Location: Location not imported yet.Title: Avian influenza biology and disease transmission) Author
Submitted to: Meeting Abstract
Publication Type: Abstract only
Publication Acceptance Date: 4/15/2007
Publication Date: 8/29/2007
Citation: Suarez, D.L. 2007. Avian influenza biology and disease transmission [abstract]. In: Abstracts of the Immunobiology of Influenza Virus Infection Conference, July 29-31, 2007, Athens, Georgia. p. 35. Interpretive Summary:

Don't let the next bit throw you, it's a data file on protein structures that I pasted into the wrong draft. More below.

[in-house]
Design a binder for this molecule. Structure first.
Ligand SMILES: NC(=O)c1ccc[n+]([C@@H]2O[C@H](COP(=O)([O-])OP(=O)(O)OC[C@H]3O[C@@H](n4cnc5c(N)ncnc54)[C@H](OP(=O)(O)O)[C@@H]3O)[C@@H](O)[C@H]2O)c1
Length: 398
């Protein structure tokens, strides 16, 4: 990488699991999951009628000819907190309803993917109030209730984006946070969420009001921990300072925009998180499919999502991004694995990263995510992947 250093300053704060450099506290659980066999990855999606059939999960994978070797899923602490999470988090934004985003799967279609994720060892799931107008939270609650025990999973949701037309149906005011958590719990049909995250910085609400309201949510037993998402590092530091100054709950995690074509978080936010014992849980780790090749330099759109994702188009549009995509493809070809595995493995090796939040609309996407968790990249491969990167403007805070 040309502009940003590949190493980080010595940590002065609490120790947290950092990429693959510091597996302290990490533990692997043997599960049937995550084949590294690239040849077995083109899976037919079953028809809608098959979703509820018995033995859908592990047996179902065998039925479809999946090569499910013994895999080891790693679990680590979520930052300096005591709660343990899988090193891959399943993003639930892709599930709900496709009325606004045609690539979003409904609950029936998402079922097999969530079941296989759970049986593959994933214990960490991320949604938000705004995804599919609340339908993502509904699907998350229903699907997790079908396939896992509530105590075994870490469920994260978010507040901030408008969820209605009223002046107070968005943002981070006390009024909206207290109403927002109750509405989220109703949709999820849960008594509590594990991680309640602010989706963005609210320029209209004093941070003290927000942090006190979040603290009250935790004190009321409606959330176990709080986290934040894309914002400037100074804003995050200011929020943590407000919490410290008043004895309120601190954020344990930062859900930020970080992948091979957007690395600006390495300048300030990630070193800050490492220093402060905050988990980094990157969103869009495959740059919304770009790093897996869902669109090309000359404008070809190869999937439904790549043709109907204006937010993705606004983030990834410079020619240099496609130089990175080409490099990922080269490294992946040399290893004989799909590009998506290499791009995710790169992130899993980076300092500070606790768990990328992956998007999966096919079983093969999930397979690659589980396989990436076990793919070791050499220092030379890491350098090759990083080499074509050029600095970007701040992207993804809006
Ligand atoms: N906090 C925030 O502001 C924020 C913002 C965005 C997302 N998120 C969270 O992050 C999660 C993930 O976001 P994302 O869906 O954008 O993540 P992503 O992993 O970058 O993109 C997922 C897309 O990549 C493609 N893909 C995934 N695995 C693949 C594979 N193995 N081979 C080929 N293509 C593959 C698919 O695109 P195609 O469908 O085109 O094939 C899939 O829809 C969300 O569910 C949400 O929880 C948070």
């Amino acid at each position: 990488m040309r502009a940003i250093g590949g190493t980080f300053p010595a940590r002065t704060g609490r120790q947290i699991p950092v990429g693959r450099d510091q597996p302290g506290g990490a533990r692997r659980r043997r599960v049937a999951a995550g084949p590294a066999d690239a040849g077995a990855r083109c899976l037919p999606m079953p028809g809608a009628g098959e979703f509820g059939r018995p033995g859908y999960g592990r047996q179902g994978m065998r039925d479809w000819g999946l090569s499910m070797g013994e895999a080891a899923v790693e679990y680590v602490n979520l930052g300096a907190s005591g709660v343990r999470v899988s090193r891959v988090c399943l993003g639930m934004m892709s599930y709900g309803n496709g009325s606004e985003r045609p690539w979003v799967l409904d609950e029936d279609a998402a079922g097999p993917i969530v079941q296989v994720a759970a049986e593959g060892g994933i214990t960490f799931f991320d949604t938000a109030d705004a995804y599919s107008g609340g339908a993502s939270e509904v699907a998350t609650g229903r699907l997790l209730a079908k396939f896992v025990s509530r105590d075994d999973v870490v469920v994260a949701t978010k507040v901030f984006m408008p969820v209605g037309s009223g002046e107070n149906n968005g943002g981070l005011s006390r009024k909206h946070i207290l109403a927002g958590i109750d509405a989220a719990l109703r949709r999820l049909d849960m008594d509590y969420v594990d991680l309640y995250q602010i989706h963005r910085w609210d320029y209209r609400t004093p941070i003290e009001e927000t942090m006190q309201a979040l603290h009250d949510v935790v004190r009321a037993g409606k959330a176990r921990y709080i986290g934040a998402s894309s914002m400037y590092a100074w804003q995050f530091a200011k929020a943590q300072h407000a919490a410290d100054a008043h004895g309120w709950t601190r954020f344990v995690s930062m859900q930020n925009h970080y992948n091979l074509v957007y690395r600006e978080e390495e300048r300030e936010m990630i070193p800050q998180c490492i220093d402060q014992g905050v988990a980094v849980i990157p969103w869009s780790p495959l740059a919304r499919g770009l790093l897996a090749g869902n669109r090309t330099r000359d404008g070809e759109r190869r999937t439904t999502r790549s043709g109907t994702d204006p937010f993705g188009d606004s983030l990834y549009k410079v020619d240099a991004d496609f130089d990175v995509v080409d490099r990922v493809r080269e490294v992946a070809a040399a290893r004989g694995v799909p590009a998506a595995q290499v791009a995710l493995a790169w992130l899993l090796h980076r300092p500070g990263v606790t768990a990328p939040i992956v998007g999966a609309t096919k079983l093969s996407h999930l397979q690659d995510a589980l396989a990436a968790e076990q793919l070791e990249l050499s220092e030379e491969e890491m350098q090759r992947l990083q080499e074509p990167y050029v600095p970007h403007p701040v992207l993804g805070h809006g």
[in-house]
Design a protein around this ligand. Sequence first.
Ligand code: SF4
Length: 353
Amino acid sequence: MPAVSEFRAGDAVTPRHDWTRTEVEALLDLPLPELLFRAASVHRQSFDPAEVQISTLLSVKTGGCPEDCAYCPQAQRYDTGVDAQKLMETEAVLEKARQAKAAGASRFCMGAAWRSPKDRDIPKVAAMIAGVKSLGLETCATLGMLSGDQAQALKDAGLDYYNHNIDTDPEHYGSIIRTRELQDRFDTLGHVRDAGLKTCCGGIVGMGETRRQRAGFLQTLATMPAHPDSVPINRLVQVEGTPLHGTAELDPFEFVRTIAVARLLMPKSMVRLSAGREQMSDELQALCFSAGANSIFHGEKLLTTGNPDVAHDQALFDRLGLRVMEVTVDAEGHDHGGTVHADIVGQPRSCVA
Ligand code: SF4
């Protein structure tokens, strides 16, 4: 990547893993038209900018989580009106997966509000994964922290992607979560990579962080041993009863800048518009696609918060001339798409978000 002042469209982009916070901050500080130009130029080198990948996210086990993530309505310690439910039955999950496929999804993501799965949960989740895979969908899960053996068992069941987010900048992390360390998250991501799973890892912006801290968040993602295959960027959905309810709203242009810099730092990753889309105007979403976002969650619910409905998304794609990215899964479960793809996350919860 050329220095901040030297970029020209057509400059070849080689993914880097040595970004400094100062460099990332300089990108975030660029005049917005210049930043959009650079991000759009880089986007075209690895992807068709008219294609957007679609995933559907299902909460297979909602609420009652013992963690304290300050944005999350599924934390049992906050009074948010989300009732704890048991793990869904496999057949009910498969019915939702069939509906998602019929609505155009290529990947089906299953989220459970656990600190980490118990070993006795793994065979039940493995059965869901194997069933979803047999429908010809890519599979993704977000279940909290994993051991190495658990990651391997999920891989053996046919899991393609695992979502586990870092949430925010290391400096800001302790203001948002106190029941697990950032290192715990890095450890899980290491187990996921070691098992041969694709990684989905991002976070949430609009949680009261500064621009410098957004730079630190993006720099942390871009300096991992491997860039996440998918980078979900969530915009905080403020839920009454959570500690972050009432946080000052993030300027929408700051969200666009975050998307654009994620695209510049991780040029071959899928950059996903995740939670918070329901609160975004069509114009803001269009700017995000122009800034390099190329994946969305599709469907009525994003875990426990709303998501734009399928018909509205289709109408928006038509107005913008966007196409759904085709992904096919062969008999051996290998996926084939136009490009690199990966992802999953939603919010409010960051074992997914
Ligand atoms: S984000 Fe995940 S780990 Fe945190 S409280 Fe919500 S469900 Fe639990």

Technical Abstract: The natural host and reservoir for avian influenza is in wild birds where the viral infection is typically asymptomatic. The virus primarily replicates in the enteric tract and transmission is thought to be primarily by fecal oral transmission. Avian influenza can infect a broad host range, but for most infections of abnormal host species, including poultry and mammals, it is a dead end host because of poor replication and transmission. On rare occasions the virus can adapt to a new host species, and this adaptation process allows improved replication and improved transmission of the virus that can establish a unique virus, i.e. swine influenza. The genetic factors that affect replication and transmission appear to be complex and are poorly understood at this time. The preference for the hemagglutinin for specific types of sialic acid appear to be one factor for host specificity, but other interactions are also important. The adaptation to poultry species and mammals usually results in a shift in viral tropism to the respiratory tract. The route of transmission likely also changes. Aerosol spread over short distances is possible, but transmission by direct contact or fomite transmission appears to be more important. The initial transmission of avian influenza to poultry is most often associated with direct exposure to wild birds, and the density of commercial poultry likely facilitates transmission of these viruses as they become more poultry adapted. Even for well adapted influenza viruses, they appear to become endemic in hosts that congregate in large numbers, both in wild birds, poultry, and mammalian species.